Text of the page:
* The great guy who never takes YOU for granted
* Your partner’s sex face… it may not be pretty, but at least you know he’s satisfied
* Fork me, spoon me… get the picture?
* Slightly dirty text messages throughout the day—it’s all about the buildup (see other article regarding this)
* And lastly, the Trojan Vibrating Ring. Fun and orgasm inducing.

You know, I’ve got to say, I never really knew what great sex was until… I stopped trying to be sexy. That’s right. I thought that good sex relied on fundamentals like: steamy glares, artful hair whipping, and a myriad of passionate cries of ecstasy. And believe me, I had it all down to a science until I got serious with my now husband of 28 years. Prior to that, other guys had either enjoyed the show or were just too wrapped up in their own show to care about my pleasure. And ladies, especially you women with long hair; be very careful about whipping your hair around. Things might go awry and you might knock yourself unconscious; he will laugh at you, because now the act is more slapstick burlesque than sexual art.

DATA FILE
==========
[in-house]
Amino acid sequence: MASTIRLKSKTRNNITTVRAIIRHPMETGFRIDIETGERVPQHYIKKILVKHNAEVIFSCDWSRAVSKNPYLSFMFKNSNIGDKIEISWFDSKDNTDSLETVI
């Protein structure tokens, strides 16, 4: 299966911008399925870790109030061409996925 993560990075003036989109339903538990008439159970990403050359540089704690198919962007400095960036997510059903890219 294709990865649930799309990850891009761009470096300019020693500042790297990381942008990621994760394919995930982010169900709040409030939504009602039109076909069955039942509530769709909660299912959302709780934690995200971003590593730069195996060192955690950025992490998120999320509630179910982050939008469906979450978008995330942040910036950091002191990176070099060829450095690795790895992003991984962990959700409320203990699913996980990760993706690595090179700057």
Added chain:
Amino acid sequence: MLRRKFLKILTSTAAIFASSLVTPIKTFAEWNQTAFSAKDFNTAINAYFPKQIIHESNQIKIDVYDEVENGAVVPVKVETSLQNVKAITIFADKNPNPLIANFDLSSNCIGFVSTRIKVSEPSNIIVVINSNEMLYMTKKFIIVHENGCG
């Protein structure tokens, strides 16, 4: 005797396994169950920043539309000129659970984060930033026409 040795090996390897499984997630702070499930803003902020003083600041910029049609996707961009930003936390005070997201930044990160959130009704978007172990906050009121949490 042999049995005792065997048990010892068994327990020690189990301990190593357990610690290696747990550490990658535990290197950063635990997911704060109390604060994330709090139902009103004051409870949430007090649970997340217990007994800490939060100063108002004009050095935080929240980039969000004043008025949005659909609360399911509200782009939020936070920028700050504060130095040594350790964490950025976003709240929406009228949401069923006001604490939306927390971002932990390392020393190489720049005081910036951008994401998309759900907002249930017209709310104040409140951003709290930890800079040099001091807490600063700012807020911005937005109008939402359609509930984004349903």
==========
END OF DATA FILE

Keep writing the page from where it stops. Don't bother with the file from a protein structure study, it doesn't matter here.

Most men, believe it or not, espouse the virtues of simple, unadorned pleasure; they prefer true intimacy and bliss. So this is not the time to start stressing about whether your ass is well built or did you wax enough “down there” or if your breasts are sagging or not. Then there’s the smell factor: how one smells in bed could be a deal breaker. After a shower or bath, women tend to smother their natural scent with sprays and oils. This ritual has marred many a sex lives. First of all, if you spritz “down there” with perfume, it will irritate and burn your partner, especially if he’s not wearing a condom. And since you know that your partner will be “putting in work” by “going down” on you; you start worrying if “eau de stink” is wafting from your nether regions, so you spray “down there” with perfume… damn near killing him because he’s ingesting the perfume; and/or his attempts are met with locked legs. Ladies, simply let your inhibitions go. Inhale deeply, and savor the musk of your mingling scents.